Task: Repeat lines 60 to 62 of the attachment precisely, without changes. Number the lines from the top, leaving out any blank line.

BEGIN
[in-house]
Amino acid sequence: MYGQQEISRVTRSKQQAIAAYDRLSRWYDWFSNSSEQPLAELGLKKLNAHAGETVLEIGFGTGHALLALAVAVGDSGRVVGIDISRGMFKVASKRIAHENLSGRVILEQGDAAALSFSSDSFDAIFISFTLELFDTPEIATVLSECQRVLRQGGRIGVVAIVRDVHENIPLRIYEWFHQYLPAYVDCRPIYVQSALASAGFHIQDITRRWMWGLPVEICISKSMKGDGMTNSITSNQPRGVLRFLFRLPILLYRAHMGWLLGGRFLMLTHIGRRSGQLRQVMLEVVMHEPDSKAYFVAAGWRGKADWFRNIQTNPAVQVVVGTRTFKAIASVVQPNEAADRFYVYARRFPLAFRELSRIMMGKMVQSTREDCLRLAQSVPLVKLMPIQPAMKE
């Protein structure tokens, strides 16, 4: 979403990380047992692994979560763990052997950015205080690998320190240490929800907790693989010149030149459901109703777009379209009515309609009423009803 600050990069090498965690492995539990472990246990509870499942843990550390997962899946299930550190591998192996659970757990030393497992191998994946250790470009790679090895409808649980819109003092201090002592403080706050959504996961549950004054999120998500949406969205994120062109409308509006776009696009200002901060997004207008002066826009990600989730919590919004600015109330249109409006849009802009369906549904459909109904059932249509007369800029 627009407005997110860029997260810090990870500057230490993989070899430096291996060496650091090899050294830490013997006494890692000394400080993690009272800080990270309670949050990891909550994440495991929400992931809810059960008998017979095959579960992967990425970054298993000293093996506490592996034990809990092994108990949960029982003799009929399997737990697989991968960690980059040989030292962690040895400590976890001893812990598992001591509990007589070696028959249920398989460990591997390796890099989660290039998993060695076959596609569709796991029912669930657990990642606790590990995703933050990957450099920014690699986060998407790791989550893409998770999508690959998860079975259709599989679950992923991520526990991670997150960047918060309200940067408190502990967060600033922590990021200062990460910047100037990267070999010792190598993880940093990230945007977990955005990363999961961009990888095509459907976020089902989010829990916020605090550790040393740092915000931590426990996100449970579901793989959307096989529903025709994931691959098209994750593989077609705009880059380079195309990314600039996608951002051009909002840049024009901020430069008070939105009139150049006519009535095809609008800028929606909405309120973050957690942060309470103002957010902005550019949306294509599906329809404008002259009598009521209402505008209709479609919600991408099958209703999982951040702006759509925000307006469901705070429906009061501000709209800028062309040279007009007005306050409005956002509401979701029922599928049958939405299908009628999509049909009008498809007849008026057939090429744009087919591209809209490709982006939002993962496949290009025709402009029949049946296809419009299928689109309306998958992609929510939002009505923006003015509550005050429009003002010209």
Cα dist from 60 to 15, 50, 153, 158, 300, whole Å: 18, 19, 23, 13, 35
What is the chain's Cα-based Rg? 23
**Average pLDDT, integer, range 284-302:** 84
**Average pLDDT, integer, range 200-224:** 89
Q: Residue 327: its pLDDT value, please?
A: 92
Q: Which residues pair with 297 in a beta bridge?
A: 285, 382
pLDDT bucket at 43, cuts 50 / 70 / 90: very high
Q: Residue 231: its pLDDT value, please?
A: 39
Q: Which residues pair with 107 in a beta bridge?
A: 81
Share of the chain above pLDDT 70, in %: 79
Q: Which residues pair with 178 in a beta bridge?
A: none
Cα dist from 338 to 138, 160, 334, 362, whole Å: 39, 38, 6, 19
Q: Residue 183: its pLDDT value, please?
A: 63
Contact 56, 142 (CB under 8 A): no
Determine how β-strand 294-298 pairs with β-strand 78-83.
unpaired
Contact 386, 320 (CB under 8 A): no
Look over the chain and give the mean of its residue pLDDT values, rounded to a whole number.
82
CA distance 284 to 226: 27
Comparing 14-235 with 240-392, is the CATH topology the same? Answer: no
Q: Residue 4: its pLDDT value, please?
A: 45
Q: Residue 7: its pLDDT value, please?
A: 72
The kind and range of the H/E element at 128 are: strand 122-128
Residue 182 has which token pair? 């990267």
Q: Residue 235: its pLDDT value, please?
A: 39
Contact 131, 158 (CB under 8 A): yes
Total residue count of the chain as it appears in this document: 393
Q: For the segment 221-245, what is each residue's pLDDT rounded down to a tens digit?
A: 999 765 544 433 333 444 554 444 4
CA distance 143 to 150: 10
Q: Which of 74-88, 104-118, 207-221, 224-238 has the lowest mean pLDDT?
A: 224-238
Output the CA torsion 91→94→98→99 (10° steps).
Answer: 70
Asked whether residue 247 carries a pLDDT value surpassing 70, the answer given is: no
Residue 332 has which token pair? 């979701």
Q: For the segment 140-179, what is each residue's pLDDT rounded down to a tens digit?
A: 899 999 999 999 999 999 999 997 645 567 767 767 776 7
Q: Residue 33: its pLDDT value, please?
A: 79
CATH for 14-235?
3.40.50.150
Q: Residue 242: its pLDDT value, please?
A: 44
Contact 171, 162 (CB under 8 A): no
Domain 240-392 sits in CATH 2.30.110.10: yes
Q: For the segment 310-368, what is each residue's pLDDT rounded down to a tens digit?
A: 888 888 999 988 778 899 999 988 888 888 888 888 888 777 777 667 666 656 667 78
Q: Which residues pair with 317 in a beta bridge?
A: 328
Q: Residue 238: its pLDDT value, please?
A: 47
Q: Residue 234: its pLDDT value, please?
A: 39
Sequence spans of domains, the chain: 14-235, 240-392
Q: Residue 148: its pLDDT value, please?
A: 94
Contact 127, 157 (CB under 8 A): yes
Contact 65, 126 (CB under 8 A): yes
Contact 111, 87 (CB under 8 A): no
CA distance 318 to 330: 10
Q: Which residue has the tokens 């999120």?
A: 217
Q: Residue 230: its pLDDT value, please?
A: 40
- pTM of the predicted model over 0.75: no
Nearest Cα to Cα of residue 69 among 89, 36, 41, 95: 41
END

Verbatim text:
Q: For the segment 310-368, what is each residue's pLDDT rounded down to a tens digit?
A: 888 888 999 988 778 899 999 988 888 888 888 888 888 777 777 667 666 656 667 78
Q: Which residues pair with 317 in a beta bridge?